Book 11 opens with Adam and Eve sending up their prayers to Heaven.
The Son receives them and presents them to the Father. He intercedes on their behalf, and asks God to proclaim peace for mankind, to forgive him, etc.
God accedes to the Son's requests, but says Adam and Eve still have to leave Paradise. Death will be their punishment, but it will lead to a second birth, so it's not all bad.
God tells Michael to go down to Adam and Eve and banish them, but to be nice about it. He also tells him to tell Adam about what will happen in the future.
Adam and Eve finish their prayers and feel more hopeful. Adam even tells Eve that he thinks the "bitterness of death/ Is past" (11.157-158).
Eve responds by saying that she deserves to be reproached, but that her judge was "infinite in pardon."
She tells Adam that it's time to go to work, and that she will never stray from his side again.
As they go to work, they notice that things have changed; an eagle is chasing a peacock and a lion is looking for prey.
Adam interprets these as signs that something else is still in store. He doesn't quite realize what's going to happen yet.
Meanwhile, Michael and a few other angels arrive; Michael approaches Adam, who realizes that this angel is a bit sterner than Raphael.
Michael says, in effect, that Adam and Eve must leave Paradise. Adam is shocked (as is Eve). He stands "Heart-strook with chilling gripe of sorrow."
Eve is really sad; she can't bear the thought of leaving Paradise.
Michael, however, tells her not to worry. She lost Paradise fair in square, but at least Adam is going with her.
Adam responds to Michael, saying that the angel has gently delivered his message.
Adam is worried, though; the garden is a special place, full of the memories of many encounters with God. "In yonder nether World where shall I seek/ His bright appearances, or foot step-trace?" (11.328-329) he asks.
Michael responds by saying that God fills the entire earth, not just Paradise. Adam will have access to many signs of God's presence.
He then tells Adam that he will show him the future; the two ascend the tallest mountain in Paradise while Eve sleeps below (Michael's put her to sleep).
He puts some things in Adam's eyes; Adam falls down, and then Michael helps him up and tells him to open his eyes.
Adam sees a field and two guys; both bring sacrifices, but God only accepts one. The guy whose sacrifice is rejected kills the other one (this is the story of Cain and Abel, from Genesis).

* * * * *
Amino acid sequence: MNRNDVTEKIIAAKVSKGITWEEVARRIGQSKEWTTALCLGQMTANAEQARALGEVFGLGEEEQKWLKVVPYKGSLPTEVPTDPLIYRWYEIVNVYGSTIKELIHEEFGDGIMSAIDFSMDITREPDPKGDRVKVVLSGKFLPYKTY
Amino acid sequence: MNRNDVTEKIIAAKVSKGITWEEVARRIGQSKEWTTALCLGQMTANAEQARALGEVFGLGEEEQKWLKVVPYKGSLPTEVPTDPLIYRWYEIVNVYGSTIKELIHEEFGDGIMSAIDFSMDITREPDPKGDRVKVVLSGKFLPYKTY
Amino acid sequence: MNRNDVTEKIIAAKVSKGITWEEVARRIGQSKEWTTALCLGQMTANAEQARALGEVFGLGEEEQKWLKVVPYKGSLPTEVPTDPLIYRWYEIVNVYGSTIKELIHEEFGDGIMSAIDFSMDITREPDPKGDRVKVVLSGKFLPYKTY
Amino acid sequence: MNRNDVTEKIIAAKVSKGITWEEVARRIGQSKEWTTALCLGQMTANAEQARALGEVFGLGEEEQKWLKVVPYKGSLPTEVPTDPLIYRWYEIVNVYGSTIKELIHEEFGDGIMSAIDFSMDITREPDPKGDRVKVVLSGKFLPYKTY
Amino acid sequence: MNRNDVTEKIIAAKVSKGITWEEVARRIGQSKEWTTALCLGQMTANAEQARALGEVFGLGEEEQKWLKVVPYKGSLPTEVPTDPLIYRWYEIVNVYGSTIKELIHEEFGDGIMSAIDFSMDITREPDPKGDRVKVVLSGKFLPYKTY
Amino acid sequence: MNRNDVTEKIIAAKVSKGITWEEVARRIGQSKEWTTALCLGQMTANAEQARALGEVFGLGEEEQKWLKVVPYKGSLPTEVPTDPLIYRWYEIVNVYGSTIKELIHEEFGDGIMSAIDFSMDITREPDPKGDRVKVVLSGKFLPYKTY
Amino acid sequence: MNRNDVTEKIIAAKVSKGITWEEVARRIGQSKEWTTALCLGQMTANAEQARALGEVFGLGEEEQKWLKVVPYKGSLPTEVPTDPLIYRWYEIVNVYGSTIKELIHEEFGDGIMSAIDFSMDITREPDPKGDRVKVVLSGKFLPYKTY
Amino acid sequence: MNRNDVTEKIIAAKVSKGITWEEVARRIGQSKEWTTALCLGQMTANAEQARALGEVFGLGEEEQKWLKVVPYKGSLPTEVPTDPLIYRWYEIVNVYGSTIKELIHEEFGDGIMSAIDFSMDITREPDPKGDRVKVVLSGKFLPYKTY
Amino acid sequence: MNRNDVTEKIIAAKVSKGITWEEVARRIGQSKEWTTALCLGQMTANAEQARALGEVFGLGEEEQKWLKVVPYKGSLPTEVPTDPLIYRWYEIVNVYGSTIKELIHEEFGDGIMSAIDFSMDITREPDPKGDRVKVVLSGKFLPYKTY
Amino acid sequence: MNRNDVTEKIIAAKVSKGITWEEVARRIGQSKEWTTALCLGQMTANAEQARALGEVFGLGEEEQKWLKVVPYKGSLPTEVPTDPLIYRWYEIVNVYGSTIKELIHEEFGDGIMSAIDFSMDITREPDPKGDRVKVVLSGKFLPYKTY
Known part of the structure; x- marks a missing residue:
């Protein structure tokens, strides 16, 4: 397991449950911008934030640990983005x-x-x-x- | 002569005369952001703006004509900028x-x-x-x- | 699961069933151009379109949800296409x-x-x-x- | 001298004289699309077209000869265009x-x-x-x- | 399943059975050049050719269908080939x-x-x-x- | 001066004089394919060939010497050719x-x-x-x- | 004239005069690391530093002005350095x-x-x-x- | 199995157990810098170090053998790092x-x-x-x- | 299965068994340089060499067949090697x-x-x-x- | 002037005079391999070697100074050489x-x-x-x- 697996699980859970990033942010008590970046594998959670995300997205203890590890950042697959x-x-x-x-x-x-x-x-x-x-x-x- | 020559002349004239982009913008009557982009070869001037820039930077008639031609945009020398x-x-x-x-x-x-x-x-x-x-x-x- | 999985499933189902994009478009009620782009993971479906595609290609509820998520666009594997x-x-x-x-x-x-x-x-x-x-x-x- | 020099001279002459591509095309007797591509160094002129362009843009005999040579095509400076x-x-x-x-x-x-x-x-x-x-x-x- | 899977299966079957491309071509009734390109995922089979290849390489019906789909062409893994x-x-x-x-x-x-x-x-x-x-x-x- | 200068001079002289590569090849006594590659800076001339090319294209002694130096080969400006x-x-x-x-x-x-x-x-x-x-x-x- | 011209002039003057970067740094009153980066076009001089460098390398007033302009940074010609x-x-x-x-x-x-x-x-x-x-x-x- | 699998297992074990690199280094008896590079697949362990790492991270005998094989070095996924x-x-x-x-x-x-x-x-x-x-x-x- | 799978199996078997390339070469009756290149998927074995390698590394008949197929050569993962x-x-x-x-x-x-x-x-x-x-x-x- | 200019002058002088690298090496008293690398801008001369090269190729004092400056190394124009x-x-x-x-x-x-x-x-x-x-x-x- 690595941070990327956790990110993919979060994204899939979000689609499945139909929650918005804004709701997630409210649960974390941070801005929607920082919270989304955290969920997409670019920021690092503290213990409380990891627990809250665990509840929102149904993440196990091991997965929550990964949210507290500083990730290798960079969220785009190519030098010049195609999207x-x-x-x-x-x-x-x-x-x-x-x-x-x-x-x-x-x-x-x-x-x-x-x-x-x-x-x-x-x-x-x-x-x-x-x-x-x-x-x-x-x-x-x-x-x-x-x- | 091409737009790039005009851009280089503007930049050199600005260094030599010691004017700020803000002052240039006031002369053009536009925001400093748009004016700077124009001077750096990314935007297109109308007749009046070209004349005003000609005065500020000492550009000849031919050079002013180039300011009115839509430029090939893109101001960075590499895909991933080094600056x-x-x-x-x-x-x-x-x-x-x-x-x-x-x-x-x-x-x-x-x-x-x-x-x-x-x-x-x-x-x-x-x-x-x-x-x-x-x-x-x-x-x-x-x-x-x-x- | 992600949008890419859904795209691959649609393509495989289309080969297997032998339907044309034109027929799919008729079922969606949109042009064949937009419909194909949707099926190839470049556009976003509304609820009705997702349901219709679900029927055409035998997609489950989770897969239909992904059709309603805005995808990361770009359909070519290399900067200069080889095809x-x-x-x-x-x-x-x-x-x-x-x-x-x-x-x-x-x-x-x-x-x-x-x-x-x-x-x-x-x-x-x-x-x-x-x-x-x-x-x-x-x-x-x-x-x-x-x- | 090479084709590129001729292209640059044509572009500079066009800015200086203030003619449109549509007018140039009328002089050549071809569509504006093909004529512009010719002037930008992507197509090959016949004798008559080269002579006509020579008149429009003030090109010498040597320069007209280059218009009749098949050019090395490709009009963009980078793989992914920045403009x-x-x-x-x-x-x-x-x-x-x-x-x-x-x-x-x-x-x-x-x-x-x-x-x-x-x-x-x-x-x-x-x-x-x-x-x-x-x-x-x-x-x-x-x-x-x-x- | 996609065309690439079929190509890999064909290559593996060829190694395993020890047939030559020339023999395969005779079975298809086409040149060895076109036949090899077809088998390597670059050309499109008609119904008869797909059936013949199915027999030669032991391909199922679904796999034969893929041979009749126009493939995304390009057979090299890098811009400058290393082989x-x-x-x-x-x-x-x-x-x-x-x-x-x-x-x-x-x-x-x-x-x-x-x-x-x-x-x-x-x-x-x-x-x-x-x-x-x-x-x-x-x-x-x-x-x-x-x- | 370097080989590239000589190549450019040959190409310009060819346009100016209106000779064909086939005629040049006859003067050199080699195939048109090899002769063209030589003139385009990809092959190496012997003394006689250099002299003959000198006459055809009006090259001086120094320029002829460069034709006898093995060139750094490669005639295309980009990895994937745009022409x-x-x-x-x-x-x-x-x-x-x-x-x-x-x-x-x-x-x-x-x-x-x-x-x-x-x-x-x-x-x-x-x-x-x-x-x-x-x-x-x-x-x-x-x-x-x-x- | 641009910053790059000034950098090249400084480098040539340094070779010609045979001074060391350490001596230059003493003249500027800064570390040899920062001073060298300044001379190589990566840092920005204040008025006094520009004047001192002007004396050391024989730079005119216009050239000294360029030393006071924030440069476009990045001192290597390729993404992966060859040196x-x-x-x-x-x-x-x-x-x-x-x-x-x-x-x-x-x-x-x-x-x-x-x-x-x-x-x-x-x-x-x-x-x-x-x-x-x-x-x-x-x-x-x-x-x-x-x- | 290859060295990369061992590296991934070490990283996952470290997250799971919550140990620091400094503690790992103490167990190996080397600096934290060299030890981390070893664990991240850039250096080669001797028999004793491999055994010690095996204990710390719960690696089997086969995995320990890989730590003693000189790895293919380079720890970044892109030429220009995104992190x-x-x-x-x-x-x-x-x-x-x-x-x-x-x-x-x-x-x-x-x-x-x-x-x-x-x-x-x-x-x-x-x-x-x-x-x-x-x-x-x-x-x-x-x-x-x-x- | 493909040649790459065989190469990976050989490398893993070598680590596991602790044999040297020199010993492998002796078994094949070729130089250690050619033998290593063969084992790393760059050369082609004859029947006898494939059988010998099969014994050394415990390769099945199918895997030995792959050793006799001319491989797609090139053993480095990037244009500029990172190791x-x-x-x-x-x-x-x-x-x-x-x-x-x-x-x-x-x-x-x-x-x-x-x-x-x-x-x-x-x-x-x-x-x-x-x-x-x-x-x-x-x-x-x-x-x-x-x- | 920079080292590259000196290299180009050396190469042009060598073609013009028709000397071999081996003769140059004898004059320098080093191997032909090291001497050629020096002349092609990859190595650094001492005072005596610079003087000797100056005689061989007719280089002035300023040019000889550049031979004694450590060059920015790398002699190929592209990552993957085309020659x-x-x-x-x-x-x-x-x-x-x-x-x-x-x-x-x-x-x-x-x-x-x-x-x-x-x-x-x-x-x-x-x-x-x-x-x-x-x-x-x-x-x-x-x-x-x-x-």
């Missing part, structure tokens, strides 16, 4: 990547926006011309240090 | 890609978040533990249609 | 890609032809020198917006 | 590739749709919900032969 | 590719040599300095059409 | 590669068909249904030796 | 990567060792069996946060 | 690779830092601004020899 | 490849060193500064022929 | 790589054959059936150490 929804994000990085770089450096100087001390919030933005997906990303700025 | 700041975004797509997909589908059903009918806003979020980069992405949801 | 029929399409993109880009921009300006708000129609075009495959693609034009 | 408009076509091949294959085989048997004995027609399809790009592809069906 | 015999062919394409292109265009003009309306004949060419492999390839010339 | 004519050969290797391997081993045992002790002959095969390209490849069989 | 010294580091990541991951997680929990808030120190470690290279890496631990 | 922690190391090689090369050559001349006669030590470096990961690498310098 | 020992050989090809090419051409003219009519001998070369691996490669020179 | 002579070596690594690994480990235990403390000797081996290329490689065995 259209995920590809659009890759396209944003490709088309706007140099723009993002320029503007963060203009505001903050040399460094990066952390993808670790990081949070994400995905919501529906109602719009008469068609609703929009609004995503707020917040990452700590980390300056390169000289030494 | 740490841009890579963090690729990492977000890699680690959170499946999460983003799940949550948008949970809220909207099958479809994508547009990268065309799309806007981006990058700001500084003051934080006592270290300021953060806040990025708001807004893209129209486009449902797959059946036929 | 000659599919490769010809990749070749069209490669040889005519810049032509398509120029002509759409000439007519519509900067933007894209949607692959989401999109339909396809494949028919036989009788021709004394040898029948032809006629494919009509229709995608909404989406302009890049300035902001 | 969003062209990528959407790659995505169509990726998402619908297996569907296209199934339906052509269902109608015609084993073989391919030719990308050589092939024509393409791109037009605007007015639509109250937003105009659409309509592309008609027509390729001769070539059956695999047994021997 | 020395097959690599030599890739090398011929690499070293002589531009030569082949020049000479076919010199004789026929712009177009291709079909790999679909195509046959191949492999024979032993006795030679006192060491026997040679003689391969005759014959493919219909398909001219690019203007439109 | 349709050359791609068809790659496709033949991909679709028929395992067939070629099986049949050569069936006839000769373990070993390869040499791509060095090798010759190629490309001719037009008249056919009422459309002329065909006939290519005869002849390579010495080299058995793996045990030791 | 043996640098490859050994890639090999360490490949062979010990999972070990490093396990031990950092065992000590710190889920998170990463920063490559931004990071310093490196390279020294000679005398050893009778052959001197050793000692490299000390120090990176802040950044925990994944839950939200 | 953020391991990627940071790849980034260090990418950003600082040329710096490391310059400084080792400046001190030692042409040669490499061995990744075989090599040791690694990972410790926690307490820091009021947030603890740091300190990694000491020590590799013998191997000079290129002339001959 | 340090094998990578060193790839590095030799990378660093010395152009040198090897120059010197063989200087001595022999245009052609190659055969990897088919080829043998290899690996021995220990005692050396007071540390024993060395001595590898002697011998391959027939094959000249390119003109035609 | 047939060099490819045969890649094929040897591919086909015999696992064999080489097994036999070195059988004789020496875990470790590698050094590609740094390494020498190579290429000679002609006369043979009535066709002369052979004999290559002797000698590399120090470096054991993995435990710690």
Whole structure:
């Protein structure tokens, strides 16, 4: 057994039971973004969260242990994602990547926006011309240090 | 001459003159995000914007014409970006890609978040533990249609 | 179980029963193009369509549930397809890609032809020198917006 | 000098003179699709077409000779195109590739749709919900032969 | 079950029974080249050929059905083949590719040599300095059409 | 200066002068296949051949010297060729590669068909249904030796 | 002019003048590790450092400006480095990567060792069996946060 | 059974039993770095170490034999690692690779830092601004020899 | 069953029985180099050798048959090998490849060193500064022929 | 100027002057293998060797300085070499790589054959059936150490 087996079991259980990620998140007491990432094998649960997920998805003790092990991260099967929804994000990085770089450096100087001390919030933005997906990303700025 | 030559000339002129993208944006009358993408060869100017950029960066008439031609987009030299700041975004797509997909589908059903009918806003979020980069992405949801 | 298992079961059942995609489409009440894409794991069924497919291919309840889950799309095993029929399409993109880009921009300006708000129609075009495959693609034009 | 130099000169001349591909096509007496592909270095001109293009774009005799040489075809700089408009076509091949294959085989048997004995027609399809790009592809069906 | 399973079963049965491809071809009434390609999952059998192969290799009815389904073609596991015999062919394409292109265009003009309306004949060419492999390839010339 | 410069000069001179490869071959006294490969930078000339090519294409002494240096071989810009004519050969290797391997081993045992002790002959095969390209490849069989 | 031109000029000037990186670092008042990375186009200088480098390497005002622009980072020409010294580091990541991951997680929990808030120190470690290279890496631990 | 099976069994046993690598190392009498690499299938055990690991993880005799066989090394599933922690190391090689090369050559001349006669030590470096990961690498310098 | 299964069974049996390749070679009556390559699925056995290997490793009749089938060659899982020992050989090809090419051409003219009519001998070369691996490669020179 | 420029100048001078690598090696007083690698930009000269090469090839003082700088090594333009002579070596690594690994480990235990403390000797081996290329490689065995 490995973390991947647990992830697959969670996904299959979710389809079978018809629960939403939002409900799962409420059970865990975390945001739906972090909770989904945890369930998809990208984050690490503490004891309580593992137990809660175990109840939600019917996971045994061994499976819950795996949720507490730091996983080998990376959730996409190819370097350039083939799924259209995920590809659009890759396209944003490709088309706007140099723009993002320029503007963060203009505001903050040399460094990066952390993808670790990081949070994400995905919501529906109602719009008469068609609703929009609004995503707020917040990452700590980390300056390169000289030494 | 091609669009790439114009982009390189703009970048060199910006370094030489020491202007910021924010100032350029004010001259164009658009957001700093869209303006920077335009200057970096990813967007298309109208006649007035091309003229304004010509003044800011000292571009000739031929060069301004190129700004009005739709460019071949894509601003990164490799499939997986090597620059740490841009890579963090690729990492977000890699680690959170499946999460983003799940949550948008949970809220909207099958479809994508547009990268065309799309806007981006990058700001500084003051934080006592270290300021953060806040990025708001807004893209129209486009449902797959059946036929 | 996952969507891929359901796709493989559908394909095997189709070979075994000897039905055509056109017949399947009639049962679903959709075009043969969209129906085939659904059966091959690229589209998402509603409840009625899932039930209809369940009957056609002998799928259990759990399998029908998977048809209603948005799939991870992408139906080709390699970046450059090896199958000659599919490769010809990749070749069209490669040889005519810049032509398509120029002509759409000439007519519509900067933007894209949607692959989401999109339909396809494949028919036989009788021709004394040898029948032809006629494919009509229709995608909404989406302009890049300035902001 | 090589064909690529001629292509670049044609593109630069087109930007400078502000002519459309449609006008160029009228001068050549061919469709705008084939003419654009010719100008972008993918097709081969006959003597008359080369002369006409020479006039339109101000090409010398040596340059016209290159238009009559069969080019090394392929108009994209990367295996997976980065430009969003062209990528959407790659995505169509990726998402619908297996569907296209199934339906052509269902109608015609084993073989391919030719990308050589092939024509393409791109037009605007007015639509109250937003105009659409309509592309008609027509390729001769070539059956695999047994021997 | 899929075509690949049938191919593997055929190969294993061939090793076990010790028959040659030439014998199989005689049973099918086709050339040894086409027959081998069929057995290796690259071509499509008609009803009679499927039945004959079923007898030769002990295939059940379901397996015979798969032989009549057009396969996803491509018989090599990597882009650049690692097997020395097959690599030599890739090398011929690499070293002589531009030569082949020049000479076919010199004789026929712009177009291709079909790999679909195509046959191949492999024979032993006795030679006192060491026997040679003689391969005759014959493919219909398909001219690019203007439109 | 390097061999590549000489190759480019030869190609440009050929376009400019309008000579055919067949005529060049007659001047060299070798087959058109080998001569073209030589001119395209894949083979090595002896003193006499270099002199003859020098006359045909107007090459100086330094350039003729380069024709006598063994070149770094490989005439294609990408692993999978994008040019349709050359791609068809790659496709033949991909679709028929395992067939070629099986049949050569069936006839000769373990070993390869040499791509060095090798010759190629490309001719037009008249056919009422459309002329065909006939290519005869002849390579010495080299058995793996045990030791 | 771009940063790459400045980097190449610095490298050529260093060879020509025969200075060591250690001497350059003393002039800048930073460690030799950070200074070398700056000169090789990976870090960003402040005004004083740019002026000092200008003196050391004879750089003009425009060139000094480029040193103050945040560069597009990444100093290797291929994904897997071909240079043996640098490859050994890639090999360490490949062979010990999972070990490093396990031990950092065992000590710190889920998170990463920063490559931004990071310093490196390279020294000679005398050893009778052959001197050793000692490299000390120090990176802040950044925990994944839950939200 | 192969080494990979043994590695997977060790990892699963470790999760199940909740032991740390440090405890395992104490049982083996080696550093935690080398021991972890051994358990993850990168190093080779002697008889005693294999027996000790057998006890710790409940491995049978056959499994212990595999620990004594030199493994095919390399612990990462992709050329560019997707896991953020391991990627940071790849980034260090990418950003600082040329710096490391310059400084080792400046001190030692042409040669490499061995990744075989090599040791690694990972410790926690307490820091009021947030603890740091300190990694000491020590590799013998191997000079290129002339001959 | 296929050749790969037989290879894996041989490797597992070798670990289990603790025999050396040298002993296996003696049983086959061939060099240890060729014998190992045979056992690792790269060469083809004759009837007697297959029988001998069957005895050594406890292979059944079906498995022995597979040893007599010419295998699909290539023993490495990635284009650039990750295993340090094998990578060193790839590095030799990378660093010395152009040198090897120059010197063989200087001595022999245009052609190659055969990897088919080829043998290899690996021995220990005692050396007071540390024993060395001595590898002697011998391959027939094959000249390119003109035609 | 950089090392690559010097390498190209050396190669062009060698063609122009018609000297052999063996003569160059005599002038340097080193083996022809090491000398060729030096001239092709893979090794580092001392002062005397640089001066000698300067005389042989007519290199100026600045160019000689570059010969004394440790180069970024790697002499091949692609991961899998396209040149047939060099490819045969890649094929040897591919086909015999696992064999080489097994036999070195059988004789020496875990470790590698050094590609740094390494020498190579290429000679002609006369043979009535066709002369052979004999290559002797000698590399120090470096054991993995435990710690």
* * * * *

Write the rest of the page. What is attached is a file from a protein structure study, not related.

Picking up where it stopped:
Adam is horrified and asks if this is death? Michael responds and says it is one form of death, but there are others.
The scene changes again and Adam sees a "Lazar house," a sort of hospital that has every type of sick person known to man.
All these people are slowly dying; Death refuses to take them, so they're still suffering.
Adam can't help but weep; if that's death, he suggests, life isn't worth it. Isn't there some other way?
Michael shows Adam another scene; this time, there are a whole bunch of guys around a bunch of tents. Eventually, a lot of women come out and they all pair off, sing, dance, and get married.
Adam is delighted, but Michael checks his response by telling him that these are actually evil men, the descendants of the guy (Cain) who killed his brother. They will give up a lot for lust and wickedness.
Adam is upset, but Michael shows him another vision; this time, he sees a city and a lot of fighting. It's basically, a chaotic battle scene, with lots of blood.
There is one guy who stands up and speaks on behalf of justice; a cloud descends and whisks him away.
Adam cries again; he can't believe all the slaughter. Michael tells him this is the result of the marriages he saw earlier on the plain.
Michael continues, saying that there was one guy who refused to participate in all the fighting; as a reward, he was taken away to Heaven, to enjoy everlasting life.
Michael then shows Adam what happened after all the battles; the scene changes, and though the fighting is no more, there is all kinds of lust, adultery, etc.
A guy wanders through the city, trying to persuade people to get back on the right path; they don't listen, so he moves his tents away from the city.
Eventually, he builds an ark and fills it with a bunch of animals and provisions; he, his three sons, and their wives all get in before a giant flood destroys everything.
Adam again cries; he falls down, and Michael has to help him up. Adam wishes he didn't have to learn the future; he feels there is no hope. Is this the end of the human race, he asks?
Michael summarizes the events Adam has just witnessed and then shows him the sequel: the flood eventually recedes, the mountains reappear, Noah and his family emerge. They see a rainbow in the sky.
Adam rejoices and says to Michael: "Far less I now lament for one whole World/ Of wicked Sons destroyed" (11.874-5).
Michael tells Adam that, after this flood, God will never destroy the race of mankind again, until the end of time when fire will consume it.